This post originally appeared on the London School of Economics Policy Blog.
For more on the public transit crisis, join us for our October 13th forum “Getting Back on Track: The New York Transit Crisis.“
By Kafui Attoh
The bourgeoisie has subjected the country to the rule of the towns. It has created enormous cities, has greatly increased the urban population as compared with the rural, and has thus rescued a considerable part of the population from the idiocy of rural life. – Karl Marx and Friedrich Engels, 1848
There is perhaps nothing more idiotic than a city with poor public transit. The typical North American city may, in this sense, be the paragon of idiocy. As many have long noted, the US remains rather unique amongst developed nations in the reluctance of its citizens to board anything resembling – gasp!—a public bus. In 2012, only 7 percent of all US residents used public transit on a daily basis. A whopping 51 percent reported never using public transit at all. For many, of course, the reasons are clear enough. Beyond the “absurd primacy of the automobile in American life,” public transit in the US suffers the same underfunded fate as so much else that is “public” in this country. To quote John Kenneth Galbraith we remain a society that is “privately rich and publicly poor” and nowhere is this more evident than in the sorry state of urban mass transit.
Only this past summer, malfunctions with New York City’s century old signaling system drew national headlines after millions of subways riders complained of excessive delays, overcrowding, and of being stranded at their respective stops. In the previous summer a spate of track fires in Washington DC’s metro not only led to service delays, and the launch of the semi-ironic website “ismetroonfire.com” but several hospitalizations from smoke inhalation. Where this is the reality in two of our most transit-dependent cities, it is undoubtedly worse in smaller cities where transit often remains the domicile of the poor and where suburban sprawl makes commuting via bus slow and inconvenient. Continue reading How Poor Public Transit Makes Idiots of Us All
Friday, October 13th, 2017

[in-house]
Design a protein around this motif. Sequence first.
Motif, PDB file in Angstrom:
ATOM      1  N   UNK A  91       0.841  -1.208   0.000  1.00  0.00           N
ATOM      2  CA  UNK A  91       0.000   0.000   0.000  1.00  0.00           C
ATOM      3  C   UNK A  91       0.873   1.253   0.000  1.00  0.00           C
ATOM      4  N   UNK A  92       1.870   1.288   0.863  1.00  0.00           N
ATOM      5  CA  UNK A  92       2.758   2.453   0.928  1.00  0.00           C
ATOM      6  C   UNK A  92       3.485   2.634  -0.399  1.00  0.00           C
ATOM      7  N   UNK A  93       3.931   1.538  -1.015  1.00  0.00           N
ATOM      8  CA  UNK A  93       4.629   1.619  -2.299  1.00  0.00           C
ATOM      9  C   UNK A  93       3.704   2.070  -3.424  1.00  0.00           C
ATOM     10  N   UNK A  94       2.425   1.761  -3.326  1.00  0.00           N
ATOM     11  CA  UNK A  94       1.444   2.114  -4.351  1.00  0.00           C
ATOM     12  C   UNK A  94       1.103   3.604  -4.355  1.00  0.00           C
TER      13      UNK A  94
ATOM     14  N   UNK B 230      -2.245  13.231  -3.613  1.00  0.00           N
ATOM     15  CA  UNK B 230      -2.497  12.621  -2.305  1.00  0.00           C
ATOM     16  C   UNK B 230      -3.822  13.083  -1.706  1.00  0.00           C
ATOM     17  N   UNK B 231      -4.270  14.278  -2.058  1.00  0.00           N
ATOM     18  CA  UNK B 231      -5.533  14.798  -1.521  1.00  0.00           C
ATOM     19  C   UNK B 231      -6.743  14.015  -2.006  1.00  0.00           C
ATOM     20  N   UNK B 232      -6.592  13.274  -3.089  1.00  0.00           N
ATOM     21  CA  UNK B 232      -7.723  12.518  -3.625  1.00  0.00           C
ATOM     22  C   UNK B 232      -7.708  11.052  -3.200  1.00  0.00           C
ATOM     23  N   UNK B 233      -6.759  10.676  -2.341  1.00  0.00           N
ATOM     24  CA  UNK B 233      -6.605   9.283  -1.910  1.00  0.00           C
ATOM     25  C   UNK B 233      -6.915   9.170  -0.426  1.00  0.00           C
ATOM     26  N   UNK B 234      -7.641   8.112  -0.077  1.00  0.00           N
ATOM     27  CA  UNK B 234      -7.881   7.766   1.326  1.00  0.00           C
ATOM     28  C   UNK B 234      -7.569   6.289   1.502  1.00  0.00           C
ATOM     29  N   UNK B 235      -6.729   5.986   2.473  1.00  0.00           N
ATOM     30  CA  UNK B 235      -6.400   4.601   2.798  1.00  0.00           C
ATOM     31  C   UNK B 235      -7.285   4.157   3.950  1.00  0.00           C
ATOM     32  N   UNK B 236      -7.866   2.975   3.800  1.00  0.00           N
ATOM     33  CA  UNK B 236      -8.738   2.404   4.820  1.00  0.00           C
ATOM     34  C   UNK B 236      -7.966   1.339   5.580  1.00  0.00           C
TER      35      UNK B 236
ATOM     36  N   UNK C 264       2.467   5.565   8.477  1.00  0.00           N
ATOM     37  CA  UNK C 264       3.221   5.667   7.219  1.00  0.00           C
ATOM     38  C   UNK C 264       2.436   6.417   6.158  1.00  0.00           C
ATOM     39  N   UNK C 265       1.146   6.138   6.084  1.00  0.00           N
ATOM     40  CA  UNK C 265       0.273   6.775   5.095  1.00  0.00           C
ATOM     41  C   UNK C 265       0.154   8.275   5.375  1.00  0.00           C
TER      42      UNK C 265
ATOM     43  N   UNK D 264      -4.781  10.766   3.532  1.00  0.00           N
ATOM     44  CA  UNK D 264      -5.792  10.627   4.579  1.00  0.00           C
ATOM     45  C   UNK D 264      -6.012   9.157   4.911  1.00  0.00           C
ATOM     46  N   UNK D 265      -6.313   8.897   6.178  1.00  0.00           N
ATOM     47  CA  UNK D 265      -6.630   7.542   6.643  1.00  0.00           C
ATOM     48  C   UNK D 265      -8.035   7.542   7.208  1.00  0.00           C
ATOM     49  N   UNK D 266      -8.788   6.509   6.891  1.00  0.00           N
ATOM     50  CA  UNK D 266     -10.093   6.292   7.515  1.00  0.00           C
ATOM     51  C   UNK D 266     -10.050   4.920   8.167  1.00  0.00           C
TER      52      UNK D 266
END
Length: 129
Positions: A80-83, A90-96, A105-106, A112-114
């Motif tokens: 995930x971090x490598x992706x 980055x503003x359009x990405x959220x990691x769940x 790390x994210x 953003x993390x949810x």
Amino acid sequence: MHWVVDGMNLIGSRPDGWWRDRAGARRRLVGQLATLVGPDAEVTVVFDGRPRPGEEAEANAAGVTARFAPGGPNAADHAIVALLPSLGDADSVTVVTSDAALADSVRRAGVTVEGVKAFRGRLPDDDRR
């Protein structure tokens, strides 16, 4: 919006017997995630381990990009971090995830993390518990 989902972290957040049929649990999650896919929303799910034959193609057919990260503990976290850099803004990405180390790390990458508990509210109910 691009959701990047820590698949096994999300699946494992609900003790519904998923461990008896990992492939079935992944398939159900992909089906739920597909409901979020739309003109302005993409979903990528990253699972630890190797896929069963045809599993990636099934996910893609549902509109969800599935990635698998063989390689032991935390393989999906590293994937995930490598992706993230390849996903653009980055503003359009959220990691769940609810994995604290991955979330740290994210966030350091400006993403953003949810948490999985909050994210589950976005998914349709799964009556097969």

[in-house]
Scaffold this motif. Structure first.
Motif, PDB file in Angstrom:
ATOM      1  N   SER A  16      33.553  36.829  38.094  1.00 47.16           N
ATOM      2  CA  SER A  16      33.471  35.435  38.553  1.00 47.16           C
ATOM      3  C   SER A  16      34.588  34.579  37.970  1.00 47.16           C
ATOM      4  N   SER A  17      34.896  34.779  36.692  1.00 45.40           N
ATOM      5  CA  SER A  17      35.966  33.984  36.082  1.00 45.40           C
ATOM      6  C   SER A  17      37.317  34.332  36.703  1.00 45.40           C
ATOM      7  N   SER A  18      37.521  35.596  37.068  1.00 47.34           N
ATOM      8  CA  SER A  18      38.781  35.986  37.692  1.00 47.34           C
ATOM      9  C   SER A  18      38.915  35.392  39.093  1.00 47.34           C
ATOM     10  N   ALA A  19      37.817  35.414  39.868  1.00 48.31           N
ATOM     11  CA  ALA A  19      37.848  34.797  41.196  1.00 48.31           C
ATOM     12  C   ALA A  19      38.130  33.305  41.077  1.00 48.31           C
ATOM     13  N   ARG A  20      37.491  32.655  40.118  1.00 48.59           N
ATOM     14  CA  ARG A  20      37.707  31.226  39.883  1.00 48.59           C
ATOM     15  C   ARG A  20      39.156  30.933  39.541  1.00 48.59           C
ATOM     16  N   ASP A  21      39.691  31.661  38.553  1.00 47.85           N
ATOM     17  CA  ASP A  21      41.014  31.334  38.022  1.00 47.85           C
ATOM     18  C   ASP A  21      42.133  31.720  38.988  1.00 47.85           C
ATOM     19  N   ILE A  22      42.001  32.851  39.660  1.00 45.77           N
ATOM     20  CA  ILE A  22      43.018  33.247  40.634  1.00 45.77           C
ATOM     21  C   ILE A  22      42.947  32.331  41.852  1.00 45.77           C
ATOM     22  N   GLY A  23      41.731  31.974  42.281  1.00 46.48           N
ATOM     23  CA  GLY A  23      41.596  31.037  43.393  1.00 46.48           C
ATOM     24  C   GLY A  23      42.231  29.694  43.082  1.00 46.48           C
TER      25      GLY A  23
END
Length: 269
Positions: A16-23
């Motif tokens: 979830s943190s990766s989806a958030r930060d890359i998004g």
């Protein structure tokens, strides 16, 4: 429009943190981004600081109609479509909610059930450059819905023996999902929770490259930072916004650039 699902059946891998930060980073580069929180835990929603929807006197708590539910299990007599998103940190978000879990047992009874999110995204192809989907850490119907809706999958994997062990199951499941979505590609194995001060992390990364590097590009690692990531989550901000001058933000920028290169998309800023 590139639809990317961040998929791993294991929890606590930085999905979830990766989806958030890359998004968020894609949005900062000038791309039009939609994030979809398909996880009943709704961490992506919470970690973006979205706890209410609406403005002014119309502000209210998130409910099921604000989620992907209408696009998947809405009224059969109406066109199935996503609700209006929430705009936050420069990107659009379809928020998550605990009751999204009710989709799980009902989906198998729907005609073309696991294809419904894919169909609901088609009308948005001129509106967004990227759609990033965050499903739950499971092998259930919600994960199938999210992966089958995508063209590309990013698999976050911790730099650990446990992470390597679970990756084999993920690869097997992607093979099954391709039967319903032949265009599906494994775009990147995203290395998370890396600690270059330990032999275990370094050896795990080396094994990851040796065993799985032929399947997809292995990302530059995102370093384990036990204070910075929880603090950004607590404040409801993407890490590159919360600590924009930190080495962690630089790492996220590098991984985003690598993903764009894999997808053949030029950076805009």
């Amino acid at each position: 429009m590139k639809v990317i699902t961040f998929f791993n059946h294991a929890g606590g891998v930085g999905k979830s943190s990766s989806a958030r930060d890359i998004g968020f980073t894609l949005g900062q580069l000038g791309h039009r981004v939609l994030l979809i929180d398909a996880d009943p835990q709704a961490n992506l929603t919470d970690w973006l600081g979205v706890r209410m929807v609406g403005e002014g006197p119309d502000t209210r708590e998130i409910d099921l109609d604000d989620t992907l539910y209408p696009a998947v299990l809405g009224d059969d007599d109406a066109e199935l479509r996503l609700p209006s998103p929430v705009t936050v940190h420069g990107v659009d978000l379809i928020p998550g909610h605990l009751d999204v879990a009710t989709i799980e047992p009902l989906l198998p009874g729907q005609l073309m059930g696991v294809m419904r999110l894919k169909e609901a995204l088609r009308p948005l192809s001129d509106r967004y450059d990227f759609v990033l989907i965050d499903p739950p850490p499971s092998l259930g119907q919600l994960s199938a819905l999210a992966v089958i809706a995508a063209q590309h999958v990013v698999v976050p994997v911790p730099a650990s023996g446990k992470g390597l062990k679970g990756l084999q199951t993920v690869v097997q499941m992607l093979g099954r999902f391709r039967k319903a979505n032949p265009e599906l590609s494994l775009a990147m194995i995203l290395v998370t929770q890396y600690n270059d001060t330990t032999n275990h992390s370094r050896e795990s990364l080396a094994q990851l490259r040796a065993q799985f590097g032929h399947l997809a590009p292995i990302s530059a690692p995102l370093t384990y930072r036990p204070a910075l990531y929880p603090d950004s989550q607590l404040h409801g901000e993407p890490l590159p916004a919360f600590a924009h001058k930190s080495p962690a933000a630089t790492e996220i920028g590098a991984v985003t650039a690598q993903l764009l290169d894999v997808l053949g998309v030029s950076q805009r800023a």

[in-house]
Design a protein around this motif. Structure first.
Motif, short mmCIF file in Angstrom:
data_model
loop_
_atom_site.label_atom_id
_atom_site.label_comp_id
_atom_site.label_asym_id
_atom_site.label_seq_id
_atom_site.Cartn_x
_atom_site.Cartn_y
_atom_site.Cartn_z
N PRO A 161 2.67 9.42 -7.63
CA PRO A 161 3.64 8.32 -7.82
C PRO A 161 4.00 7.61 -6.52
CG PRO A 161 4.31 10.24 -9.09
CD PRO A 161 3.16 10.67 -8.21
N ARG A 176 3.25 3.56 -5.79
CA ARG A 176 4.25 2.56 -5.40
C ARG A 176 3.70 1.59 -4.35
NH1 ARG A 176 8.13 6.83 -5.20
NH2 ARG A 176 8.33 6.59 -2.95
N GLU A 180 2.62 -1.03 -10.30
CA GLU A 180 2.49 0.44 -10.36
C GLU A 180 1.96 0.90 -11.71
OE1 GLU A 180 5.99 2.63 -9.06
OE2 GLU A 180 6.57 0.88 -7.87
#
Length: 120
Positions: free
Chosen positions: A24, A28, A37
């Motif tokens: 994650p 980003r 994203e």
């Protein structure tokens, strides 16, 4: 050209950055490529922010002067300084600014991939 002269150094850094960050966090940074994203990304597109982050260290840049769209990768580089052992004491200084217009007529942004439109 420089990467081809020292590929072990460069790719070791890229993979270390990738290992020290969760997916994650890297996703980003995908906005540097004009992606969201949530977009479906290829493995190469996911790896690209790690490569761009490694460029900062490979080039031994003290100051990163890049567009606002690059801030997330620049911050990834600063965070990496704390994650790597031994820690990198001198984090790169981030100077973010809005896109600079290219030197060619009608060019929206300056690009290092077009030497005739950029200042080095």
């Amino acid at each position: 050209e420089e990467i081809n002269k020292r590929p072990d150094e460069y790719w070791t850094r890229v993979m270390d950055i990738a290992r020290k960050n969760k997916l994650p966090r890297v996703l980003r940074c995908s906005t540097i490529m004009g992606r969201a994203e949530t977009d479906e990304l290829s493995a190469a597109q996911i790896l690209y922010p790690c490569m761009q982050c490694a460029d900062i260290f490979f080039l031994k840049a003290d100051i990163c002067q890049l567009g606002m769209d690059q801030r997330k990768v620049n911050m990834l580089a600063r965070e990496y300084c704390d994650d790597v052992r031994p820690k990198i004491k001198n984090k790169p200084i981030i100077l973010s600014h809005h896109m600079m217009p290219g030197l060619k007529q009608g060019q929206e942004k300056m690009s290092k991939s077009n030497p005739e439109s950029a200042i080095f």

Murphy Institute, 25 W. 43rd St., 18th Floor, New York, NY 10036
This forum will explore the nature and causes of the current mass transit crisis, and will focus on solutions that will enable New York to sustain itself as a world-class city. During the course of two panels, speakers will offer strategies to modernize and maintain the City’s transit systems, with responses from local elected leaders on the crisis and policies to remedy it.
- Andrew Bata, Regional Manager North America, International Association of Public Transport (UITP)
- Robert Paaswell, Distinguished Professor of Civil Engineering, City College of New York and Director Emeritus, University Transportation Research Center (UTRC)
- John Samuelsen, President, TWU International
- City Council Member Ydanis Rodriguez, Chair of the Committee on Transportation
- City Council Member I. Daneek Miller, Chair of the Committee on Civil Service and Labor
- Kafui Attoh, Assistant Professor of Urban Studies, Murphy Institute
Additional speakers to be announced.
Photo by Timothy Vogel via flickr (CC BY-NC)
As the tragic aftermath of Hurricanes Irma and Maria continues, we in the Murphy community are reminded that the struggles of Puerto Rico residents are our struggles as well. Last week, the New York Times featured an article highlighting community efforts in New York to aid with disaster relief, and quoted Murphy student John Carlos Rosario:
“There are people in the center of the island with no gas, no water,” said John Carlos Rosario, 25, a Puerto Rican student at the City University of New York. He finally was able to contact his girlfriend in Puerto Rico after six days, only to find out that she was also out of cash. She went to three towns, and no banks had cash. “We need rescue, we need help,” he said.